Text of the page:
Logic question about Berkeley statement

Forum for the GRE subject test in mathematics.
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Logic question about Berkeley statement

Post by eelsir » Mon Dec 13, 2010 5:35 am

'A score below the 80th percentile suggests inadequate preparation and must be balanced by other evidence if a favorable admission decision is to be reached.'

Does this mean

'A favorable admission decision can be reached without being balanced by other evidence if you score above 80th percentile.'

? (just wondering how logic would break it down..)

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Re: Logic question about Berkeley statement

Post by trevaskis » Mon Dec 13, 2010 6:32 am

No, 80 is their cut off, but occasionally if someone scores below 80 but they have a very strong application in other regards they'll get offered admission.

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Re: Logic question about Berkeley statement

Post by smartiful » Mon Dec 13, 2010 10:18 am

"If you score less than 80% on the test you've either slept through your undergrad or through you subject test. The latter we believe you only if your file is very, very good."

Whether you agree does not matter, unless you're on the Berkeley adcom.

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Re: Logic question about Berkeley statement

Post by enork » Mon Dec 13, 2010 2:43 pm

Clearly the converse of a statement doesn't necessarily follow.

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Re: Logic question about Berkeley statement

Post by mdornbos » Mon Dec 13, 2010 5:27 pm

I would actually like to see the statistical data of how the subject GRE equates to a candidates success in graduate school. I find it to be actually ridiculous that Berkeley would say that. I'm sure there are many people who score below the 80th percentile on the math GRE and do fine in graduate school. In fact, in some cases, they say just because you are extremely talented in mathematics, doesn't mean you'll finish a PhD. There are a lot more factors involved in success than a GRE score and being naturally smart. How about dedication and determination for starters?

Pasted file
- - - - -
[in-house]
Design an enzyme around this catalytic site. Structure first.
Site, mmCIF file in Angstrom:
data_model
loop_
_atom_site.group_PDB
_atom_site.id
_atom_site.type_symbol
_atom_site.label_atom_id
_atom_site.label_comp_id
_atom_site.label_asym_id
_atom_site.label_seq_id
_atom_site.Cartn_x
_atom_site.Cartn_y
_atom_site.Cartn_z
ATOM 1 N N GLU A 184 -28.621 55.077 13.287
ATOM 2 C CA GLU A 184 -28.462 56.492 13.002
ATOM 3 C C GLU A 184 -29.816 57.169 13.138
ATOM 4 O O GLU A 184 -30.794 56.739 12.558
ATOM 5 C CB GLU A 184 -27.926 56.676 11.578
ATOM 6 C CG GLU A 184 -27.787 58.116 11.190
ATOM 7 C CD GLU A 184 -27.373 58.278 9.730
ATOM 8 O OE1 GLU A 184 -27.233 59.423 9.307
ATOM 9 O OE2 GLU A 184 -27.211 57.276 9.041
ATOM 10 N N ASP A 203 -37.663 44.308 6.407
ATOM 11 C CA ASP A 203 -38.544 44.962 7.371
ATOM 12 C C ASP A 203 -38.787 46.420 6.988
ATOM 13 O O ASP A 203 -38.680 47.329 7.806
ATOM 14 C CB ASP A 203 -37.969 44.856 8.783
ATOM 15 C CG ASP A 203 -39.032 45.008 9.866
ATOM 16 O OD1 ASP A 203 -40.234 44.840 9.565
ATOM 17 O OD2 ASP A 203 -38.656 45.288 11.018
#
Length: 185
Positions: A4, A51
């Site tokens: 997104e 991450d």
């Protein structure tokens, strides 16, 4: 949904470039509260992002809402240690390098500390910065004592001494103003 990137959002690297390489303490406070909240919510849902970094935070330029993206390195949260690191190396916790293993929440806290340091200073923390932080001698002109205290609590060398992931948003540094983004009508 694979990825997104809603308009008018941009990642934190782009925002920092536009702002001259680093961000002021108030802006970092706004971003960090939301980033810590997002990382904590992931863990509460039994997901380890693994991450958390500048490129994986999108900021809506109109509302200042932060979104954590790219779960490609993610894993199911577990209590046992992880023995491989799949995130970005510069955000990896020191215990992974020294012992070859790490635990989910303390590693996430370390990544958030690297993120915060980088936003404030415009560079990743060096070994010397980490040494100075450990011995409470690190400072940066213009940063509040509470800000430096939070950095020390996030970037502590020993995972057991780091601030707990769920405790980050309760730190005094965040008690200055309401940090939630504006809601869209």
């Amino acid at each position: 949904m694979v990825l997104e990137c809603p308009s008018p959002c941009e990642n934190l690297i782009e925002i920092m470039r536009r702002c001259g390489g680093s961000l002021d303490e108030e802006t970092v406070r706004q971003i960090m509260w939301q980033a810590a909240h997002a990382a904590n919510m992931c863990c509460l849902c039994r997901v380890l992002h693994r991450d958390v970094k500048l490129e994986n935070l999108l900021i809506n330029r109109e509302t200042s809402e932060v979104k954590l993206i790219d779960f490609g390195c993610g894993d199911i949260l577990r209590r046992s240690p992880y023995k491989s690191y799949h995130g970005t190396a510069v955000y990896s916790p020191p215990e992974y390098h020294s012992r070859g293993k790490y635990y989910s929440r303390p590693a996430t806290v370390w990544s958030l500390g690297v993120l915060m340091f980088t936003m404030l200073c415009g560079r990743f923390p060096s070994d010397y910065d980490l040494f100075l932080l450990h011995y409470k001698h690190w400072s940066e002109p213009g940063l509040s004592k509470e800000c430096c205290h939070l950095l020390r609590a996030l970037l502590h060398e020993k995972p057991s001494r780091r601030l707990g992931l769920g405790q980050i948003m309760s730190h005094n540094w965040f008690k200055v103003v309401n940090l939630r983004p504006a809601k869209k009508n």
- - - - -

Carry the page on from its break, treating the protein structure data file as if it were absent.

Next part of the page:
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Re: Logic question about Berkeley statement

Post by owlpride » Mon Dec 13, 2010 7:45 pm

The subject GRE measures if you have mastered the undergraduate curriculum well enough to solve standard problems out of context, that is, without being prompted to use a certain method for the solution. That by itself won't guarantee success in graduate school, but it certainly seems helpful if not necessary to some extend. If you get stuck on every little calculus or algebra point that comes up in your research, your research may not get very far.

Yet another point of view: One of the professors on the grad admissions committee at Penn was talking about the subject GRE at a department tea earlier this semester. He said it is virtually impossible to predict from an application whether or not an applicant will write a strong dissertation and have a successful career in mathematics. The best an adcom can do, in his opinion, is to select students which will do well in their first 1-2 years in graduate school. He said that they found a strong correlation between math subject GRE scores and students' performances on their prelims and their initial course work. That's why the department decided to pre-screen applications by subject GRE score. He said that about half of their graduate students used to fail their prelims before they paid attention to GRE scores. Now most students pass with flying colors and - unlike in the past - barely anyone drops out of the program in the first year anymore. He seemed quite convinced that the GRE was a useful predictor of a student's success in their graduate program.

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